I'm more curious to know which versions of Intel's upcoming chips have
been fixed already. I would like to upgrade my current workstation in
the next year and will stick with Intel despite any performance impact
On 2018-01-03 00:43, Aaron Jones wrote:
> I read the performance hit for Intel chips will be %35 or so after the fix.
> On Jan 2, 2018, at 7:49 PM, Eric Oyen <firstname.lastname@example.org> wrote:
> so, does this mean that the UEFI might get patched first? OR, does the OS ecology have to do so first? Lastly, how much of a performance hit will this represent?
> from the central offices of the Technomage Guild, the "oh look! yet another bug!" Dept.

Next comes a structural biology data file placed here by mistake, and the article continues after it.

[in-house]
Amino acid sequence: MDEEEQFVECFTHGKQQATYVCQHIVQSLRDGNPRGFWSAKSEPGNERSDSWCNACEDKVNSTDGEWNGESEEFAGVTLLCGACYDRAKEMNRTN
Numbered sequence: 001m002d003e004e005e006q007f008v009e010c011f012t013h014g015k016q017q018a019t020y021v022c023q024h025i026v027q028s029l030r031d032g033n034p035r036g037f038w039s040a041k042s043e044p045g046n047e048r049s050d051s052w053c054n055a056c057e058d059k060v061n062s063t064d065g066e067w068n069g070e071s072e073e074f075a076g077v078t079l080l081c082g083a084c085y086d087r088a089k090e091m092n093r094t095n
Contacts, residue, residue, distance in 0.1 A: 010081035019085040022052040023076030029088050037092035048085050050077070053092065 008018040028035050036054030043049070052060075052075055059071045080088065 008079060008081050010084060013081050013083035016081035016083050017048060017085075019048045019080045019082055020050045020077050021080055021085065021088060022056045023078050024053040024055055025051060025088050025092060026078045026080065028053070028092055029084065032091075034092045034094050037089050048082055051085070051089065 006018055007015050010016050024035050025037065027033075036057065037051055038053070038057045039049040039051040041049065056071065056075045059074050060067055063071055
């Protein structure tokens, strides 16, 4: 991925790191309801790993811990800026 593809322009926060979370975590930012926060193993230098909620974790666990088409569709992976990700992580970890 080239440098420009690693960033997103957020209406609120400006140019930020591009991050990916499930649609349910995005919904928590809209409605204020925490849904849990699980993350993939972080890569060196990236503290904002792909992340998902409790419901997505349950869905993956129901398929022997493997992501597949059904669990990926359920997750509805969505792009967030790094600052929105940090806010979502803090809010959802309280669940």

> On Jan 2, 2018, at 3:39 PM, Matthew Crews wrote:
> https://www.theregister.co.uk/2018/01/02/intel_cpu_design_flaw/ >
> In a nutshell, it is a major security flaw in Intel hardware dating back a decade that is requiring a complete kernel rewrite for every major OS (Linux, Windows, Mac, etc) in order to patch out. It cannot be patched out with a CPU microcode update. Major enough that code comments are redacted in the patches until an embargo period is expired. Also the reported fix will have a huge performance impact.
> Also crucial to note is that AMD chips are not affected by this.
> How the heck does something like this go unnoticed for so long?
> Sent from ProtonMail , Swiss-based encrypted email.